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Tennis10s is played on smaller courts with slower Red, Orange and Green balls. It is a fun way to start tennis and makes it easy for children to play the game, develop good technique and tactics and a love for the sport.


10 & Under Tennis

Tennis10s is tennis for players aged 10-and-under, played on smaller courts with slower Red, Orange and Green balls. It is a fun way to start tennis and makes it easy for children to play the game, develop good technique and tactics and a love for the sport.

Using the slower balls helps players to develop the most efficient technique and to be able to implement advanced tactics that in most cases could not be performed using the Yellow ball on the full court.

Tennis10s is part of the ITF’s Tennis Play and Stay campaign. There are three stages of Tennis10s that allow players to start at the suitable level for their ability - Red (Stage 3), Orange (Stage 2) and Green (Stage 1).

Smaller Courts

There are three stages of Tennis10s that allow players to start at the suitable level for their ability - Red, Orange & Green.

Along with the use of the three slower Red, Orange and Green balls, and the recommended shorter rackets for the desired age group, the three stages of Tennis10s are played on three specifc court sizes: These are detailed below:

RED (Stage 1—3)
Court 36-42ft x 14-20

ORANGE (Stage 4—5)
Court 58-60ft x 20-27ft

GREEN (Stage 6)
Full Size Court 23.77 x 8.23m

Creating a player-friendly platform for children to be introduced to competition at a level suitable for their age and understanding is vital. Parents can assist in creating a positive playing environment for their child by providing the right support and encouragement.
— ITF Play & Stay

Parents Guide

The parents' role is more important in Tennis10s than at any other stage of tennis because children are very influenced by the behaviour of their parents at this age. This is a guide for parents to help them better understand Tennis10s and how they can help ensure that their children have a positive experience playing tennis.

Engaging, retaining and developing players is essential to the success of any sport and healthy competition is a key driver in making this happen. Creating a player-friendly platform for children to be introduced to competition at a level suitable for their age and understanding is vital. Parents can assist in creating a positive playing environment for their child by providing the right support and encouragement.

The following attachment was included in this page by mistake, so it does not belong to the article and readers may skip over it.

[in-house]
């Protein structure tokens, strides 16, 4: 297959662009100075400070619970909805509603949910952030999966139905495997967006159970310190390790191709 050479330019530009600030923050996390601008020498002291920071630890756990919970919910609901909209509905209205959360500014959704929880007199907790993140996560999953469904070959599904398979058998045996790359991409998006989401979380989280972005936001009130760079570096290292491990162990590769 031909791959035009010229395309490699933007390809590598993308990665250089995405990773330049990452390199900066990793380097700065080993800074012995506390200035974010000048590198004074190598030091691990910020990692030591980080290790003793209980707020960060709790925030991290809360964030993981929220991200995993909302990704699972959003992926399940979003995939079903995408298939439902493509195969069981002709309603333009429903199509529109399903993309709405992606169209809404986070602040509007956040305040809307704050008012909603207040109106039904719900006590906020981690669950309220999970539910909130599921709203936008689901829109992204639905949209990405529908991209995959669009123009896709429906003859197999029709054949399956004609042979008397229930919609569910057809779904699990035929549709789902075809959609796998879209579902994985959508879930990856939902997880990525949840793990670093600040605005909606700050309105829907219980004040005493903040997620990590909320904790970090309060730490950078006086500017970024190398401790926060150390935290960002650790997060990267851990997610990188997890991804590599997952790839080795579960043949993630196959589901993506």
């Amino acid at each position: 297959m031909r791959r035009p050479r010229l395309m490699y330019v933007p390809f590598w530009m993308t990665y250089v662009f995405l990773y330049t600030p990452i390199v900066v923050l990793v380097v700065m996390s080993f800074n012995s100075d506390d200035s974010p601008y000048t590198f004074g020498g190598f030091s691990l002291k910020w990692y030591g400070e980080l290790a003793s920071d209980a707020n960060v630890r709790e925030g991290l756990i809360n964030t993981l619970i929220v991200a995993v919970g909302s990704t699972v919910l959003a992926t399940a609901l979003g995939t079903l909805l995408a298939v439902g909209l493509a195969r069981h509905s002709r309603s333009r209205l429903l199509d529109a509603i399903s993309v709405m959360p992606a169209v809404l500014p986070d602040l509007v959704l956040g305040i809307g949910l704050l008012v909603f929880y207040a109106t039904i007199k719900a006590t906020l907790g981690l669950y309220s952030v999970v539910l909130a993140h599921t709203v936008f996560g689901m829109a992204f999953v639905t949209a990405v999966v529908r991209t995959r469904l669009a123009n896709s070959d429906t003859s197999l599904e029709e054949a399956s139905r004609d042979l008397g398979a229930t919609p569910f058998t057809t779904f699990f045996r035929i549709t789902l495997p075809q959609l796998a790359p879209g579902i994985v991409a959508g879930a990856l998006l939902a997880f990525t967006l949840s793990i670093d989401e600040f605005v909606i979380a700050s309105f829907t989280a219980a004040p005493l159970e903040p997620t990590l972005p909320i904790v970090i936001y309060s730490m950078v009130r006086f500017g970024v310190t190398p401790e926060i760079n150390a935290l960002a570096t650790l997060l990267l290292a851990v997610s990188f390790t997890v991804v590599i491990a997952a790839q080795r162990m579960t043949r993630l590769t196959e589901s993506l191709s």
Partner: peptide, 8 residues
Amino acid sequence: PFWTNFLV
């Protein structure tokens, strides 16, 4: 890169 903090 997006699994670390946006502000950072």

So what should parents expect from Tennis10s?

In training parents should expect to see…

  • The use of slower Red, Orange or Green balls, smaller courts and smaller rackets.
  • Activities which help the child to serve rally and score, as well as learn good technique.
  • The child rallying and playing points with other children or with the coach, so that they learn tactics and how to play the game better.
  • The child actively involved and never waiting in lines to play.
  • An animated coach who effectively organises the children to play and creates a fun and friendly environment.

 

At competitions parents should expect to see…

  • A festival type approach using multi match formats with all children getting to play lots of games. Team formats will often be used especially for the younger ages.
  • Suitable short scoring method being used.
  • Organisers who adapt the rules for players of different abilities to ensure success.
  • Scorers or court supervisors present to help the children with scoring, when necessary.

Progressing From Red, To Orange, To Green…

It is important that players only progress to the next stage when they are able to control the ball and implement tactics effectively at their current Tennis10s stage. If the player moves up too soon then they may develop poor technique and lose confidence and interest.

Parents should understand that learning to play the game of tennis / compete is a gradual process and as children progress through the three stages of Tennis10s, parents should encourage their child to become more independent. Parents should also try to focus on how their child is developing, on their performance and most importantly on their enjoyment, rather than on their results in matches.